Lessons From the Recent London Blasts

The recent multiple bombing of three of London’s Underground stations and a double-decker bus by politically-inspired extremists shocked the world. It was especially tragic for the British as it came so soon after their joy of having their capital declared the venue for the 2012 Summer Olympic Games by the International Olympic Council meeting in Singapore. This carnage, which resulted in more than 50 people dead and 700 injured, both British and foreigners, were roundly condemned world-wide, including Singapore. All hope that its perpetrators will be brought to justice, before they can do more harm to others.

Sadly acts of terrorism are increasing and they cut across national and racial boundaries. They had already inflicted mayhem and fear in America, Asia, Europe and Africa. Even with the best security measures and vigilance in place, they can still happen anywhere, especially as these terrorists are fanatics and are not afraid to die for their cause. All that any country and its people can do is to make it very difficult for them to succeed so that they might be deterred from carrying out their inhuman deeds there.While the world empathise with the British misfortune and share their misery, the British government and Londoners have won the admiration of one and all for the efficient and orderly way in which they handled this disaster, for their stoicism and, above all, for not allowing these wanton acts of destruction to hamper their daily routine and change their way of life.

Impressed by the praiseworthy response of Londoners to this catastrophe, our Minister for Defence, Rear Admiral Teo Chee Hean, has called upon Singaporeans to emulate their sterling quality in the face of adversity. The minister’s statement also brings to mind the exemplary public behaviour of the Kobe residents when a severe earthquake in 1995 devastated many parts of this lovely Japanese city, resulting in large scale damage and loss of lives there.

Can Singapore and its people match the British and the Japanese spirit if a national calamity due to terrorism should befall us? First and foremost, I am confident that our Government’s emergency plans will be activated efficiently and expeditiously, as much meticulous planning has already gone into them, but  how Singaporeans would react immediately in such an emergency is, in my view, debatable. Judging from our past national crises, Singaporeans tended to overreact initially, instead of behaving more rationally like the Japanese and the Londoners did when adversity struck. This is, perhaps, attributable to our traditional Asian upbringing, which values family ties and kinship more than one’s civic responsibilities. For example, to our family and relatives we can be loyal and helpful beyond belief but, to a stranger, we can appear uncaring, selfish or even antisocial as we owe no obligation to extend civility to him or her. This is evident from the way some of us drive, jump queues, spit in public, urinate in lifts, discarding objects from high-rise apartments, misusing mobile phone in public and increased littering in public places, to name the more obvious shortcomings.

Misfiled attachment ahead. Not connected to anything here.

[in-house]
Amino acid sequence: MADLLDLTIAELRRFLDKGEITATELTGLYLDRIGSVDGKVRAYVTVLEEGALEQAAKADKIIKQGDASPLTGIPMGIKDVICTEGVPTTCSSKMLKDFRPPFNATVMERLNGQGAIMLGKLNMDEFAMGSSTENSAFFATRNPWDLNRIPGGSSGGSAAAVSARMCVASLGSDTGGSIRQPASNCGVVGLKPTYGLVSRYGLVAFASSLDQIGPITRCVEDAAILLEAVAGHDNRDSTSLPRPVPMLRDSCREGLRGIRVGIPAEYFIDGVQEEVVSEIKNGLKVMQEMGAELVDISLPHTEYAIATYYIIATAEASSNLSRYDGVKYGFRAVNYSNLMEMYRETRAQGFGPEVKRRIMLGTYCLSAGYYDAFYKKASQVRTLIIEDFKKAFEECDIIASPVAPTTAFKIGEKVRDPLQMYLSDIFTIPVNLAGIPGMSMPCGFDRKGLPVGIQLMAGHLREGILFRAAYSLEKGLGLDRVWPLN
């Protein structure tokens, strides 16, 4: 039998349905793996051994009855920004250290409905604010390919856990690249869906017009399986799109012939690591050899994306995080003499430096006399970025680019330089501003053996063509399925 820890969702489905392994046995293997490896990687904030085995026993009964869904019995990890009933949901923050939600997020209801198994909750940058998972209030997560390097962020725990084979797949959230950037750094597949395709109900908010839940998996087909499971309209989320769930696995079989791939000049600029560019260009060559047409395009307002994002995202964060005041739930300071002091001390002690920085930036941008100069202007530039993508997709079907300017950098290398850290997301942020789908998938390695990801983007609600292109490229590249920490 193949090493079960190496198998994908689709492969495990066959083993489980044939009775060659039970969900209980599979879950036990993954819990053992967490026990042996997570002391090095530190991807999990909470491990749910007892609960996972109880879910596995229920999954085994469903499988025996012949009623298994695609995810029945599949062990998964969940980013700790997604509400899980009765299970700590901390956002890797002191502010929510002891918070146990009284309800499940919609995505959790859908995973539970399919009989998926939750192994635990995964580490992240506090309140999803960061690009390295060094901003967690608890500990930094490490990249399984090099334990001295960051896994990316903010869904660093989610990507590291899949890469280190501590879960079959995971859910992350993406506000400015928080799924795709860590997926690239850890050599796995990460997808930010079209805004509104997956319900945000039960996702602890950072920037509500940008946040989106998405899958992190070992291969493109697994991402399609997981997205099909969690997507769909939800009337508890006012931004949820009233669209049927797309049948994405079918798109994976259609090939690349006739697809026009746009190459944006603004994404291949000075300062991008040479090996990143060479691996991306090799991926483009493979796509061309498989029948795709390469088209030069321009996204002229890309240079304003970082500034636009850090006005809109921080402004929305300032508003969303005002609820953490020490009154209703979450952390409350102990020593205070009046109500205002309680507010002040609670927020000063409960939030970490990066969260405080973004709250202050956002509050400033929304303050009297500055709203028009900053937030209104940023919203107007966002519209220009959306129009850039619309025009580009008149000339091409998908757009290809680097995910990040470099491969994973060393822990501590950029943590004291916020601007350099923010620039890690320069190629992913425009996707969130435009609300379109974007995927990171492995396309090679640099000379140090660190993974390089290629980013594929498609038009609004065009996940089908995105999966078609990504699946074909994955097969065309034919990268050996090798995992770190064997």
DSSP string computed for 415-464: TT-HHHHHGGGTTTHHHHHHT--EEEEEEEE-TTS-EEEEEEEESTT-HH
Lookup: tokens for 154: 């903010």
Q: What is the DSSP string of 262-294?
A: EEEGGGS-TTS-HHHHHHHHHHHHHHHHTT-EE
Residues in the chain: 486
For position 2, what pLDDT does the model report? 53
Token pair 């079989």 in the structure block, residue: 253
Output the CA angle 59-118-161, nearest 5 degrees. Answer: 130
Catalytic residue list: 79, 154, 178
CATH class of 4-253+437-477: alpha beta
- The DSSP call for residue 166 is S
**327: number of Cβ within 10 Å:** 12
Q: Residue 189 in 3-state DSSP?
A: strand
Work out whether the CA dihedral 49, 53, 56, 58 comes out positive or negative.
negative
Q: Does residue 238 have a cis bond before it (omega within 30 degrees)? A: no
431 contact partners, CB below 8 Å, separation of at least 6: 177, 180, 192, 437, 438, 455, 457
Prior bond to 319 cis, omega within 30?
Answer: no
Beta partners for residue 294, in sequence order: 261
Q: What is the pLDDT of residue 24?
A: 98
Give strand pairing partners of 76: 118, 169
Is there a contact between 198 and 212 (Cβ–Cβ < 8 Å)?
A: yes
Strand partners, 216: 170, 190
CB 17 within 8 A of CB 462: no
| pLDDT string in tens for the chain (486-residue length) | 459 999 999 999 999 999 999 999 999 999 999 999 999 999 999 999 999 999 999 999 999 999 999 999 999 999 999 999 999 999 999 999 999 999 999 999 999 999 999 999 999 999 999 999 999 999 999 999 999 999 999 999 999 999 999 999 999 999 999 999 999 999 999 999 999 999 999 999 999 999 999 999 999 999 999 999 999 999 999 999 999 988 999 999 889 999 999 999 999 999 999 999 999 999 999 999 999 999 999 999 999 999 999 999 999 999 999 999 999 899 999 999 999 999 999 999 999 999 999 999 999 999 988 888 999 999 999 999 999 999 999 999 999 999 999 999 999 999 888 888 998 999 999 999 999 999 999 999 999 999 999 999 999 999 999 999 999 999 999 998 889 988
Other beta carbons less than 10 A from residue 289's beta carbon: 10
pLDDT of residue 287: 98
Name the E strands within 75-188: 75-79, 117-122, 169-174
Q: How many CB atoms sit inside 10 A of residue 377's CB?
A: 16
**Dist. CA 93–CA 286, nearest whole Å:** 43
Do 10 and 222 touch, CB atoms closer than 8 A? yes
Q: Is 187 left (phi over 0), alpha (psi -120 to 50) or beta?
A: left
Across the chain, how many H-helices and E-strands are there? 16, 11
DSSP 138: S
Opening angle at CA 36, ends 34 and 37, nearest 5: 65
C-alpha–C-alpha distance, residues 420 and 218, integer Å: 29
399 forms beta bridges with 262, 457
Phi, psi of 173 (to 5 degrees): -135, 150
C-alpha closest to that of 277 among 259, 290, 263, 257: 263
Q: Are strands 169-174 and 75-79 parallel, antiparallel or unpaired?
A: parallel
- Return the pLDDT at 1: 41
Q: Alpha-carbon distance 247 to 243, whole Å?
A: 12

Another common Singaporean trait is that we can be easily swayed by others. This means that, in an emergency, panicky or disorderly behaviour can often be ignited simply by the selfish acts of a few unthinking individuals and this can worsen an already difficult situation. Fortunately, the majority of Singaporeans are now more civil with better education and wider contact with the outside world. Turning to the Government role, while it has effective emergency plans and has communicated these to the public in various forms from time to time, these may not be firmly etched in people’s minds after some lapse of time.It would be most useful for our Government and community leaders to reaffirm the community responsibilities in an emergency, through the most appropriate means at their disposal, including but not limiting to the media, community centres, educational institutions, other relevant public bodies and tourism organisations. A simply written booklet in all four official languages, with creative and succinct graphic illustrations of the Dos and Don’ts in an emergency, should be sent to all households in order to heighten public awareness of the danger of terrorism and how they can help ensure their own safety and assist security forces to better cope with such a situation.

I believe that, with the Government, the public and the other sectors of the community working together as a cohesive team like they did during the SARS episode, we will rise to the occasion, as in Britain, if a major terrorist attack materialises here.

Lam Pin Foo

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